Cutting: Looking into the future say, ten to 20 years from now, what on-the-ground change or processes in action would you like to be seeing?

Taylor: The biggest unknown will be the effects of climate change on the hydrologic patterns in the Eastern Sierra and how these altered patterns of snow, rain, and snowmelt will affect the Mono Basin. The fisheries perspective has always been tricky because there were no trout native to Mono Basin streams, let alone brown trout, a native to the European continent. Will there be viable, self-sustaining trout populations in Rush and Lee Vining creeks? I expect the answer will be “yes,” as long as streamflow patterns continue to mimic unimpaired flows as closely as possible and provide the ecological functions we deemed important in the Synthesis Report.

Having a more mature riparian canopy of cottonwoods will assist in alleviating summer water temperature concerns. The past 20 years of fisheries monitoring have shown that the trout populations will fluctuate with year type and that drier years will be unfavorable. Ultimately, the health of the creeks and implementation of the springtime peak flows provide Mono Lake the opportunity to refill to the ecologically healthy level established by the State Water Board.

Trush: I’d like to see a greater role of riparian vegetation influencing alluvial channel dynamics, particularly by maturing cottonwoods (especially those closest to the mainstem channel) and Jeffrey pines (if beavers allow).

I’d also like more extensive floodplain reconstruction and subsequent rebuilding and maintenance through the interplay of Extreme-wet through above Normal snowmelt hydrographs.

Mono Lake Committee staff explore the Rush Creek bottomlands in 2018, a year after the record peak flows of 2017. Photo by Elin Ljung.

Cutting: People often ask us “When will restoration be done, completed, or finished?” What’s your perspective on that question?

Trush: The term “restoration” should be considered a self-sustaining verb rather than an endpoint noun. Our Synthesis Report flow recommendations to the State Water Board included flow releases designed as natural hydrographs to perpetuate Lee Vining and Rush creeks’ ongoing capacity for self-renewal.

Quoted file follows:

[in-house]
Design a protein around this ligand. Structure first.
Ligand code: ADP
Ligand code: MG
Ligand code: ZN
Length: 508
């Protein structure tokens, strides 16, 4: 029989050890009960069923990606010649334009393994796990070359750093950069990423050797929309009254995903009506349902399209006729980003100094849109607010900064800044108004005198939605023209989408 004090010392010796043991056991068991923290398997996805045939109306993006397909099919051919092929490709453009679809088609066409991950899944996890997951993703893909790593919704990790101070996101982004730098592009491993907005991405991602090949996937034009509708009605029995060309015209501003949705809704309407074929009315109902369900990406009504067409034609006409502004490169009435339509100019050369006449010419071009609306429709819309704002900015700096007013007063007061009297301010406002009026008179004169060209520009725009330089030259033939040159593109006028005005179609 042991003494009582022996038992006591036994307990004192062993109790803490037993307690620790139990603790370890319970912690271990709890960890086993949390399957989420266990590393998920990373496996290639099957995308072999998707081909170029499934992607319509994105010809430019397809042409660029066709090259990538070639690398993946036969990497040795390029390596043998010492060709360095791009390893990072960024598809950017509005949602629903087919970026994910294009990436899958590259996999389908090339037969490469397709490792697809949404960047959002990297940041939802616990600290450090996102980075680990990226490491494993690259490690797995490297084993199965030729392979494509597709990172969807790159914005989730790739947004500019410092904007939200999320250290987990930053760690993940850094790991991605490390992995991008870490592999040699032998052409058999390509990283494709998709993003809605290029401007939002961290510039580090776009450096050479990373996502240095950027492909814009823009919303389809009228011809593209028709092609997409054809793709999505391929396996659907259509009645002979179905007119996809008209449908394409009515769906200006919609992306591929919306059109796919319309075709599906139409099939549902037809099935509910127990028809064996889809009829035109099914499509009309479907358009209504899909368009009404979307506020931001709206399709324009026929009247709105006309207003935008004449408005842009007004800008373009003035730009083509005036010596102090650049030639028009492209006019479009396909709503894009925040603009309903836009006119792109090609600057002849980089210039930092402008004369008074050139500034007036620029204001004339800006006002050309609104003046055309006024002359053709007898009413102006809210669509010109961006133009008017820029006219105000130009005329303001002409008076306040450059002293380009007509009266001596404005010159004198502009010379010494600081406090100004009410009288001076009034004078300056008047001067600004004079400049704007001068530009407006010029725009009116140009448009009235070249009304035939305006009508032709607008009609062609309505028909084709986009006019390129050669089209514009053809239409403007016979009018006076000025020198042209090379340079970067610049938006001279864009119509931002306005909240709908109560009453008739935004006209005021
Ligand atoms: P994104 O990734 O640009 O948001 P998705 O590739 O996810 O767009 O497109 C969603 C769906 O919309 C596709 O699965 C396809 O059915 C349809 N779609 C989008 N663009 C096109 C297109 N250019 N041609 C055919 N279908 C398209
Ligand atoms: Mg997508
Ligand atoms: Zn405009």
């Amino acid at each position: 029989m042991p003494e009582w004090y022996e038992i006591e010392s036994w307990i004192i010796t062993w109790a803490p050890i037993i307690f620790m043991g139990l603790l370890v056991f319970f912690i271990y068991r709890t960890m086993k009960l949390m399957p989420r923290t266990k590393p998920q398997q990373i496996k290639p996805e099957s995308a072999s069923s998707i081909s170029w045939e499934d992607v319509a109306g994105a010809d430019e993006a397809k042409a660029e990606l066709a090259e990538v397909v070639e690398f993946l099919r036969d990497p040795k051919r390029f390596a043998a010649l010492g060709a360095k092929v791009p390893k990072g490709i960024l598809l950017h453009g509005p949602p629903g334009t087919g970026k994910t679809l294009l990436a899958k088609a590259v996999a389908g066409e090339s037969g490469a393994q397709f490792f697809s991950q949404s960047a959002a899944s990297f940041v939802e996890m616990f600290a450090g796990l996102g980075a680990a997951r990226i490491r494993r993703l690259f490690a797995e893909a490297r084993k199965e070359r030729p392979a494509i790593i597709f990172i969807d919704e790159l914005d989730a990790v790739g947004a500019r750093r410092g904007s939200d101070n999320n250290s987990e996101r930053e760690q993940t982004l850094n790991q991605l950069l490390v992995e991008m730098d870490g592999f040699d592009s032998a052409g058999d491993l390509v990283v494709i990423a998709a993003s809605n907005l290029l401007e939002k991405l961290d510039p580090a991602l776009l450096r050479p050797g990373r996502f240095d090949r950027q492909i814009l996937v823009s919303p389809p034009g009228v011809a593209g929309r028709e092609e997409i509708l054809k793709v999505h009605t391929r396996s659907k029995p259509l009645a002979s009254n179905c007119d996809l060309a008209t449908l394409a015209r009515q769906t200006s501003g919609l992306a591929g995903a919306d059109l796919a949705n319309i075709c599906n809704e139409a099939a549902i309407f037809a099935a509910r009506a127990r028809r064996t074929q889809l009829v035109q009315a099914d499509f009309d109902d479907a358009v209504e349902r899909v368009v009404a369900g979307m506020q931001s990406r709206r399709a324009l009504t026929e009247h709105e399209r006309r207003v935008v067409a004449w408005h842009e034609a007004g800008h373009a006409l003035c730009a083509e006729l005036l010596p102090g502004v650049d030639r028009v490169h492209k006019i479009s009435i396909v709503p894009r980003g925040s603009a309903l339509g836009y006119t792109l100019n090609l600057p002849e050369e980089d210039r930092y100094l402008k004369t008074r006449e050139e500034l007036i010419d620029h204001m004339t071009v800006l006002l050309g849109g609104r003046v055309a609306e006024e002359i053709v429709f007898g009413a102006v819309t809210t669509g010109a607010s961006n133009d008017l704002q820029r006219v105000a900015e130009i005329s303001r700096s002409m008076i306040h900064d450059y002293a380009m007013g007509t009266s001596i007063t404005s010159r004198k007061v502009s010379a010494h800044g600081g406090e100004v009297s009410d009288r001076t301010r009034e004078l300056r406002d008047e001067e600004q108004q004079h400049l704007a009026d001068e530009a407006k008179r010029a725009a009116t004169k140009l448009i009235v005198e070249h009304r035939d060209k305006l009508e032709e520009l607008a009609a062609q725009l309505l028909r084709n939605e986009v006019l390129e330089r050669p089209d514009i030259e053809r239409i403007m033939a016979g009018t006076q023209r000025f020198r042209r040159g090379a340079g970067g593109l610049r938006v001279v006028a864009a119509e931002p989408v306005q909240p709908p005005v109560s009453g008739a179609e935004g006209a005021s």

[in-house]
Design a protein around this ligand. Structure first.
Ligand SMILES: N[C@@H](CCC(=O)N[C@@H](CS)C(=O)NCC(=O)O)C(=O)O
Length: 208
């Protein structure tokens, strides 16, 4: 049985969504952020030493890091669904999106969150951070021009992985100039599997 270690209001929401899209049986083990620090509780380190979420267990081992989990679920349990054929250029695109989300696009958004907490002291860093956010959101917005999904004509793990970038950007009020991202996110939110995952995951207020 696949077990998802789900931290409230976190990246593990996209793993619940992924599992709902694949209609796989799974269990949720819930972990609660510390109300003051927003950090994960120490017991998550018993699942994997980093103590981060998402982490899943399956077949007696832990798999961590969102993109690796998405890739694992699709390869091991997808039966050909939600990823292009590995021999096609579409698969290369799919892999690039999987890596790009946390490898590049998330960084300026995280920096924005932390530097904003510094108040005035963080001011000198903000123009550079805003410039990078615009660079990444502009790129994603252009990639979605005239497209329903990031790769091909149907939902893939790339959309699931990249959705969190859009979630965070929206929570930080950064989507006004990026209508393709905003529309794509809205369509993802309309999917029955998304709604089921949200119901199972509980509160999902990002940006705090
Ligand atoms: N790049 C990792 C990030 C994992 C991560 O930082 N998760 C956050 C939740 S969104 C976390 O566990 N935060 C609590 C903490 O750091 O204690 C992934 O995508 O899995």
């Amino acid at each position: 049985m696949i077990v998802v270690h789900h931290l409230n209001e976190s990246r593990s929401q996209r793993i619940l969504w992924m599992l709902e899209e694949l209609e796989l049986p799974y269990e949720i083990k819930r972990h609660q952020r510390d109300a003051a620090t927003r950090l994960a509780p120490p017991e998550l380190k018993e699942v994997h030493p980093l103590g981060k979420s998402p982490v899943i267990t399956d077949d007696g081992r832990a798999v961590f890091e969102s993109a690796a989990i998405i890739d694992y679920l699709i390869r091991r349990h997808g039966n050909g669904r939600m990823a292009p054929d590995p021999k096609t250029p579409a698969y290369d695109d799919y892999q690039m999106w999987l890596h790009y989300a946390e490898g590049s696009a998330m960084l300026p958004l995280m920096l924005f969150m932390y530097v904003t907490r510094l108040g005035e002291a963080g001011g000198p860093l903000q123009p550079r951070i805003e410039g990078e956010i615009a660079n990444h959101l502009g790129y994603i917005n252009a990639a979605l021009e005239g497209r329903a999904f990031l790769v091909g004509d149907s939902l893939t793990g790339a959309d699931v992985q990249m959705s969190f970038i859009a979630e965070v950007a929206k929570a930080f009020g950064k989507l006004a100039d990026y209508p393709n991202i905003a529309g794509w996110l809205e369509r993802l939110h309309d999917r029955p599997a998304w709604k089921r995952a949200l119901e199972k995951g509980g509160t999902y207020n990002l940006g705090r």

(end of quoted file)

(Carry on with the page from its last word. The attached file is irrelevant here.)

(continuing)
Taylor: Never! As long as there are competing needs (water export and power generation) for the finite amount of water in Mono Basin streams, there will be human-induced stressors on the systems that will impede or confound restoration and recovery. Our recommended springtime peak flows will allow the streams to mimic nature as closely as possible, while some water is exported by LADWP. The peak flows were also intended to create a stream ecosystem that is resilient to varying year types, where recovery from stressors is possible when subsequent “good” years occur following “bad” years.

Finally, it bears remembering that the creek channels are still adjusting to the rapid (geologically-speaking) drop of Mono Lake’s elevation from LADWP’s post-1941 exports. The 45-foot drop in lake level was the catalyst for dramatic channel adjustments and impacts that are still in play today and will still be in play for many decades to come.

Lisa Cutting is the Committee’s Associate Policy Director. Twenty years of stream restoration has forever shaped her understanding of her favorite place to be—knee-deep in cold, clear, flowing water—fly rod in hand or not.

This post was also published as an article in the Winter & Spring 2019 Mono Lake Newsletter (pages 4, 5, 24, and 25).